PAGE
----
“All of us remember well our experience of Easter 2020.
There was no travel, and many businesses were closed. We were asked to stay home to keep ourselves safe and well due to the COVID-19 pandemic. The biggest shock for people of faith was the closure of their places of worship which has never happened before in Australia, even in war.
The experience left us feeling apprehensive, even to losing our hope that life would get better. We worried how this world pandemic would affect our families and friends living interstate and overseas with little hope of seeing them face for face for a long time.
After one year, it is amazing how our lives seem to have come back to near normal! The possibility of travel within Australia and being able to gather has given encouragement and hope to many people.
This hope for normality is fragile though, as lockdowns are still happening even here in Australia. The pandemic has not gone away, and will be here for some time, despite the hope vaccines offer us.
“Who will roll away the stone for us? This question confronts the women as they approach the tomb of Jesus early on the first Easter morning. Asking the question of ourselves, can we roll away the stone and let the light of the Risen Lord into our own life?
Pope Francis writes in Fratelli Tutti: “[The Good Samaritan] approached the man and cared for him personally, even spending his own money to provide for his needs. He also gave him something that in our frenetic world we cling to tightly: he gave him his time. Certainly, he had his own plans for that day, his own needs, commitments, and desires. Yet he was able to put all that aside when confronted with someone in need. Without even knowing the injured man, he saw him as deserving of his time and attention”.
The Good Samaritan stopped what he was doing! And in doing so offered the gift of friendship, healing, and hope, rolling away the large obstacle of helplessness and impending death that had fallen upon a stranger.
The pandemic is like a large stone too, sitting in front of us, blocking movement and connections.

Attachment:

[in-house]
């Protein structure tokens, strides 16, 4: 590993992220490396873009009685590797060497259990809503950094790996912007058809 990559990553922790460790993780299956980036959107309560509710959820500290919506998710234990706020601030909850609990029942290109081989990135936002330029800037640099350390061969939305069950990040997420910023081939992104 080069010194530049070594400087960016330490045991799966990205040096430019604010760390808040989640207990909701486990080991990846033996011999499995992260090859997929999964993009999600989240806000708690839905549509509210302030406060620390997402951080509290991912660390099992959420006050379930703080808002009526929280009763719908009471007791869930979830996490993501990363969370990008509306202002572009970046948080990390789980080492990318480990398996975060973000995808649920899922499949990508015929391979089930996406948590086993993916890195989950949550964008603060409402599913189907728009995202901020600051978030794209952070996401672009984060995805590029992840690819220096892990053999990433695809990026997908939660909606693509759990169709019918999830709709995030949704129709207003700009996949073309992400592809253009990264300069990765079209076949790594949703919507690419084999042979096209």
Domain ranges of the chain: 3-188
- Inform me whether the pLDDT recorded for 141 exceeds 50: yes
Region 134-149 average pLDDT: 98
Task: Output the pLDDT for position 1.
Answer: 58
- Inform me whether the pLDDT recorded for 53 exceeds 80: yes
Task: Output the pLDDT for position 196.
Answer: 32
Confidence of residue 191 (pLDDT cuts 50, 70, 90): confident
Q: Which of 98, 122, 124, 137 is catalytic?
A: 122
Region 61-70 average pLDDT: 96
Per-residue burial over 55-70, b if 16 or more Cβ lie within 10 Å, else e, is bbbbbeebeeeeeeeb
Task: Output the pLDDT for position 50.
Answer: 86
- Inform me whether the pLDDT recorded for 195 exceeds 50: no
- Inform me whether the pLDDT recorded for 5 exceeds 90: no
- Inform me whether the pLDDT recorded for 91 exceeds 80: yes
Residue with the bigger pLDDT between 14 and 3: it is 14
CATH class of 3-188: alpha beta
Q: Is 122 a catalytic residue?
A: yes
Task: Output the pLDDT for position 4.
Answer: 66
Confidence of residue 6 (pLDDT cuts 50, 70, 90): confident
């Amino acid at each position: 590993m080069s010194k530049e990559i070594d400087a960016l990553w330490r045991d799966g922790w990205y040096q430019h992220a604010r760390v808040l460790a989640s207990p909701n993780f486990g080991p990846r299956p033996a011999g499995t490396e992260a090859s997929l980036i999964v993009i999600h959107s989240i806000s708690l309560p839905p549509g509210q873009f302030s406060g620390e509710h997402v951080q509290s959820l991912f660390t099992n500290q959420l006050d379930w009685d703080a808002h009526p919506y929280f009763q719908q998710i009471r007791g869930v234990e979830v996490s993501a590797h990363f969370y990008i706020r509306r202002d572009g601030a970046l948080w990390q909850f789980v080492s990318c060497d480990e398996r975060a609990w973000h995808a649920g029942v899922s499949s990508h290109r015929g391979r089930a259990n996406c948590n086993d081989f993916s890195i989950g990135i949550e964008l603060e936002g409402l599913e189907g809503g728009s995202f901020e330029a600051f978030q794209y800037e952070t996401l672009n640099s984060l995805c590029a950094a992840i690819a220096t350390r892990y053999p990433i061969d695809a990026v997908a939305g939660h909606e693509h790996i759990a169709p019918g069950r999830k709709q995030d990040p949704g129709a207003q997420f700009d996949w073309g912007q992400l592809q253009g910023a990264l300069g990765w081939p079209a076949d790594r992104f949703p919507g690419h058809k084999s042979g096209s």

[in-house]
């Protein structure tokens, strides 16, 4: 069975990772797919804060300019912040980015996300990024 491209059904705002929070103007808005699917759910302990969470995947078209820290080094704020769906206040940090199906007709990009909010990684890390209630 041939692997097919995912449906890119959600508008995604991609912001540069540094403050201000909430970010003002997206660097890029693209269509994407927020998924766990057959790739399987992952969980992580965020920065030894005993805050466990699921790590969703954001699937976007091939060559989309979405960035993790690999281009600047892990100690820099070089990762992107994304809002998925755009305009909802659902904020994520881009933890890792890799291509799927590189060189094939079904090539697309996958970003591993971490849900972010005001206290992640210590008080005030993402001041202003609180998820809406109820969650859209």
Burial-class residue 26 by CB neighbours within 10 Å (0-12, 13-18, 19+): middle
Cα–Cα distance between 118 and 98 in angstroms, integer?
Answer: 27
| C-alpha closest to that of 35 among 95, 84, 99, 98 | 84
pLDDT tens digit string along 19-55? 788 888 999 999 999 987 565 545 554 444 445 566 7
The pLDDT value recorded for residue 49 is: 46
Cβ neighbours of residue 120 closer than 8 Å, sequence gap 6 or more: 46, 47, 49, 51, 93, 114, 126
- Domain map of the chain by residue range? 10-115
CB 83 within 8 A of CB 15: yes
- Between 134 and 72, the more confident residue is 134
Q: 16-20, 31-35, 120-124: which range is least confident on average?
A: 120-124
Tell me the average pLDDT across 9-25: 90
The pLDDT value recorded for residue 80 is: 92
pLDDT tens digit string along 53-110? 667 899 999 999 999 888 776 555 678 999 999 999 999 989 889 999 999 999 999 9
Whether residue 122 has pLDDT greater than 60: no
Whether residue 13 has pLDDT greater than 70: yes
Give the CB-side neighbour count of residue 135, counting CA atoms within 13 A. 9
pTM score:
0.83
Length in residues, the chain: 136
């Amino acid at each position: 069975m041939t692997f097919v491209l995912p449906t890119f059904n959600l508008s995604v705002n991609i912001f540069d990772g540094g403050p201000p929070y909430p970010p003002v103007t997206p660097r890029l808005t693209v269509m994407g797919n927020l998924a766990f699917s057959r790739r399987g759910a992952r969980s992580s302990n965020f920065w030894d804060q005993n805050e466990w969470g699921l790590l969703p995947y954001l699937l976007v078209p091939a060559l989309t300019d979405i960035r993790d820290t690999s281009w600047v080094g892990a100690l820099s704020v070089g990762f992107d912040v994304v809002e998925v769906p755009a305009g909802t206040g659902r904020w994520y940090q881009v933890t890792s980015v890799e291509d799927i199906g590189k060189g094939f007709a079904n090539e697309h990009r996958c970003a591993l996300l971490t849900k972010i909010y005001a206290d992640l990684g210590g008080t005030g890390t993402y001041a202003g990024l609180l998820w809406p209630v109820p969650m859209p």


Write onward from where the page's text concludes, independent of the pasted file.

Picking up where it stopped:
This past year saw many good Samaritans in our communities discover and develop new ways of enabling connections between family and friends, offering important supports for the vulnerable, the fearful, the lonely.
Imagine being part of a community, where families, individuals, and our parishes, take time to be intentionally present to each other and to listen and hear each other’s stories. To deliberately roll away the stones that hold back love, compassion, generosity, and forgiveness.
For some, the burden of the pandemic and the consequent fallout, can be overwhelming: people have suffered the loss of family, friends, work, and mental anguish from lockdowns; as the Easter people that we are, we can reach out and roll away these large stones, simply by stopping and offering the gift of friendship, a listening ear, a kind word, bringing healing and hope to those we come across.
The Prophet Ezekiel says…. “I shall give you a new heart and put a new spirit in you”.Easter is about the rock of fear being replaced by the risen Christ with the light of hope! Easter celebrates the eternal gift of Hope, Jesus who suffered and died, is risen! We do not live in vain: this is the message of Easter in 2021. We are the hands and face of the risen Christ, instruments of his hope in the midst of uncertainty and despair.
Jesus Christ is the Morning Star, Redeemer, and Saviour. May his blessing and peace be upon you, your family, and friends this Easter and always.”
+ Most Rev Michael Morrissey
Bishop of Geraldton